How Does RETS Work?
RETS works by establishing a unique data connection between your website and your MLS. This works according to the framework in the Real Estate Transaction Standard (RETS). RETS is based on XML and requires a full duplication of the MLS database on your servers. Later, it is then synchronized incrementally.
High demand for IDX exposed a problem within the real estate industry—fragmentation. Because there is no central body warehousing property listings across the United States, in there early days of the web there were no standards for IDX. Each of the 700+ MLS had its own technologies and processes.
The National Association of Realtors figured this out, and introduced RETS in 1999. RETS greatly simplified the build process for developers and provided a number of benefits to agents and brokers. Like FTP, RETS involves a real data transfer, which is necessary for strong SEO. Unlike FTP, RETS allows incremental synchronizations. This limits the amount of necessary data transfer at any one time. This provides agents and brokers a faster, more accurate property search feature.
RETS has been the backbone of IDX for almost two decades. It is offered by virtually every MLS and is used in thousands of agent websites across the country.
How Does RESO Web API Work?
RESO Web API works by allowing a website to query MLS databases directly by way of Application Programming Interface (API). Under RESO Web API, the property listings are called only as they are needed. This limits the need for local hosting required under RETS.
First rolled out among MLS in 2016 by the Real Estate Standards Organization (RESO), the RESO Web API is designed to replace RETS by addressing its weaknesses. By limiting the need for local hosting, RESO Web API promises to reduce costs to real estate agents and brokers while maintaining SEO benefits.
RESO Web API is also built on OData, a global technology protocol. This familiar platform should reduce the amount of coding developers need to do to set up IDX. It should push the real estate industry deeper into mobile and social applications.
How Does VOW Work?
The way VOW (Virtual Office Website) works is very similar to RETS. The difference is that VOW includes slightly different types of real estate data and different rules. A VOW feed includes more historic and expired property listings. Because of this, users are required to register before accessing to the data.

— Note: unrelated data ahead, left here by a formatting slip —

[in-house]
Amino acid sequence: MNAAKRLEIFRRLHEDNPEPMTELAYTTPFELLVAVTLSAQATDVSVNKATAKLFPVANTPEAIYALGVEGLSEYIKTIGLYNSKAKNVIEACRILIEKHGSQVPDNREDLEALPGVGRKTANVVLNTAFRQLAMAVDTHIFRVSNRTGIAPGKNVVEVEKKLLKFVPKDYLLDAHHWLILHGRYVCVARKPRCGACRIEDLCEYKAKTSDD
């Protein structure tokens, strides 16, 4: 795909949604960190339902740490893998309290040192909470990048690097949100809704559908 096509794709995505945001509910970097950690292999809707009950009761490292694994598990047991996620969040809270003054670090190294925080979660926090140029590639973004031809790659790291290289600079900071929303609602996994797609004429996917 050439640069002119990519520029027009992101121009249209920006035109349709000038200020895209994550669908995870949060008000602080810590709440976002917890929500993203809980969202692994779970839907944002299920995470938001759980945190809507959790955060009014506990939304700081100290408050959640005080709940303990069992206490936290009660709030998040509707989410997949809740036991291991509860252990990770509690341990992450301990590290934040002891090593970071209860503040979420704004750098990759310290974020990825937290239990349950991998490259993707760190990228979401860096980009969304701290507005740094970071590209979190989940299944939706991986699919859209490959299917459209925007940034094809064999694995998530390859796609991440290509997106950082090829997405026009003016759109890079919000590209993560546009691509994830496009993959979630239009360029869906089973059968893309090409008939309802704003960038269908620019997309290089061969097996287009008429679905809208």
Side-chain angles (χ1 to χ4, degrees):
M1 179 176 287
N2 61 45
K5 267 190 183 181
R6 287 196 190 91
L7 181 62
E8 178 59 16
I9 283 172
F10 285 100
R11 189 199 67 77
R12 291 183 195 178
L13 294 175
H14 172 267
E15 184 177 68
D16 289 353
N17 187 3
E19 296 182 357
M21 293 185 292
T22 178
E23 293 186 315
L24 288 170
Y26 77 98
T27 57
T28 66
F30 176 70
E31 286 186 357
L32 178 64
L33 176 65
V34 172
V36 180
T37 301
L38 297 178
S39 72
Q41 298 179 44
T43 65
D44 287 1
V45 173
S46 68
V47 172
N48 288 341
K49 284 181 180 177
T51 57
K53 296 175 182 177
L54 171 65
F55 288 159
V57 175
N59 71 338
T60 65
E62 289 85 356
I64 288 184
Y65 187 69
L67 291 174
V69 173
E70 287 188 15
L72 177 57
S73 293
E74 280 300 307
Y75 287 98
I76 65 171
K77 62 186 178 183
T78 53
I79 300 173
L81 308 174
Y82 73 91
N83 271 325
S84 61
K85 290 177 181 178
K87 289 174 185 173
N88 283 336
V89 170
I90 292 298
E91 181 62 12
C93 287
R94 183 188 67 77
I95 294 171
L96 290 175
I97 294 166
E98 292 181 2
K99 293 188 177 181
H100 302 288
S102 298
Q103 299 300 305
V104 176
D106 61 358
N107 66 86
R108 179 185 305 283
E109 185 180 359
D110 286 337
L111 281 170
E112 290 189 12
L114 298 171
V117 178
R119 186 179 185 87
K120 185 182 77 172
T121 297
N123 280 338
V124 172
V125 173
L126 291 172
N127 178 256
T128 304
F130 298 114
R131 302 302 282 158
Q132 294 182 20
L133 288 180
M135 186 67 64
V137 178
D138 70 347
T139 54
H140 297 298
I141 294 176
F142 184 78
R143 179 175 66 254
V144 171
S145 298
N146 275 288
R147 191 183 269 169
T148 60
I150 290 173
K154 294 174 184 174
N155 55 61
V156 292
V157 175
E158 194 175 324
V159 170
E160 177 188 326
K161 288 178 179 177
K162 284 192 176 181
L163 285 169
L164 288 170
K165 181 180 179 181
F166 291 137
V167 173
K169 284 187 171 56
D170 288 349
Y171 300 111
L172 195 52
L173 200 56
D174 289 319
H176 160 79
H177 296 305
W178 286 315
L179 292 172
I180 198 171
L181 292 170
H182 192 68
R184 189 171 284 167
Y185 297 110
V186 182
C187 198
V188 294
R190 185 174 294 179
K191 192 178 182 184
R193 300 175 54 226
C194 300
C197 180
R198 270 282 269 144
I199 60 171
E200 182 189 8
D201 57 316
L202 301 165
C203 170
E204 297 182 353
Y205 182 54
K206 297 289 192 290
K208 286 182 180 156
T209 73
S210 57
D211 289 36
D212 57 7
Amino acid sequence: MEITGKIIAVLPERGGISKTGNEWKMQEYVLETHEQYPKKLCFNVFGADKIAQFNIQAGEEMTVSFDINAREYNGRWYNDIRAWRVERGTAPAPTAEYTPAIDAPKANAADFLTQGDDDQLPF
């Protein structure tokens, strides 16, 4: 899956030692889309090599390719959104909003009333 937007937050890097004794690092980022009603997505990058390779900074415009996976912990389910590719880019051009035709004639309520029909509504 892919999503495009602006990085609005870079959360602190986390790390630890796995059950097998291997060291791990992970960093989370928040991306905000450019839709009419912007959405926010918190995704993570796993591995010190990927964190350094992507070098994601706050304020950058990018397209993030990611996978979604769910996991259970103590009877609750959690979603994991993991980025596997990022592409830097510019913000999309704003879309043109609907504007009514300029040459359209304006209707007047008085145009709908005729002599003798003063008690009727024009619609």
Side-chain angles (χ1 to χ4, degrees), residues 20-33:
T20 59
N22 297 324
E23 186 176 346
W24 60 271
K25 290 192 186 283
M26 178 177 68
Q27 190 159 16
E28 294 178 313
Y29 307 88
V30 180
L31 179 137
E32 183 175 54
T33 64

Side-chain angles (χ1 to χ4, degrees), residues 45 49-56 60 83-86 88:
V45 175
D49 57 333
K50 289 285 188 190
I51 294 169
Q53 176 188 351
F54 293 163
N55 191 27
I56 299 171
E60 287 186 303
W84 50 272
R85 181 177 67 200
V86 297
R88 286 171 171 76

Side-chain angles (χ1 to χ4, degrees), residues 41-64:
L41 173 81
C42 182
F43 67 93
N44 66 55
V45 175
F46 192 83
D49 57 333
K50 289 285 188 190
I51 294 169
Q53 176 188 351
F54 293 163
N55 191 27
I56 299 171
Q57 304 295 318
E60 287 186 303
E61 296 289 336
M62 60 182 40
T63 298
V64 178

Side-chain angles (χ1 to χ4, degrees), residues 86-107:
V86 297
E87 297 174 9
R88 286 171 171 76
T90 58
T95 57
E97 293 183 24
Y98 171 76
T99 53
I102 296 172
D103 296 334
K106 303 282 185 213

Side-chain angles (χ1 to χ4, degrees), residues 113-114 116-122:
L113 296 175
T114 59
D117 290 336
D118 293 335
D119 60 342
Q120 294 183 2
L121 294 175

VOW feeds vary by MLS, but they typically include a larger range of “Sold” listings (i.e. including those that go as far back as five years), “Expired” listings, and other off-market data. By providing more property listing information, VOW is designed to help those that want to leave the brick and mortar world and go 100% web-based.
How Does DDF Work?
DDF, or the Data Distribution Facility, is based on XML, and it works in a very similar way to RETS. But rather than including listings data from a local MLS, DDF includes data from a nation-wide pool of shared listings in Canada.
The U.S. and Canada real estate industries have evolved in different ways. While the U.S. industry remains decentralized without a central database of national listings, the Canadian industry has achieved this level of integration in the form of DDF.
Created by the Canadian Real Estate Association (CREA) in 2012, DDF allows homebuyers to search available listings across Canada. And it provides an IDX-like service to agents and brokers whose home association does not offer one.
For more on DDF, check out Data Distribution Facility (CREA DDF) Explained.
That’s all the IDX technologies there are. Did we miss something? Let us know in the comments. Or to learn how Realtyna software works, read our blog article How Organic MLS Integration Works.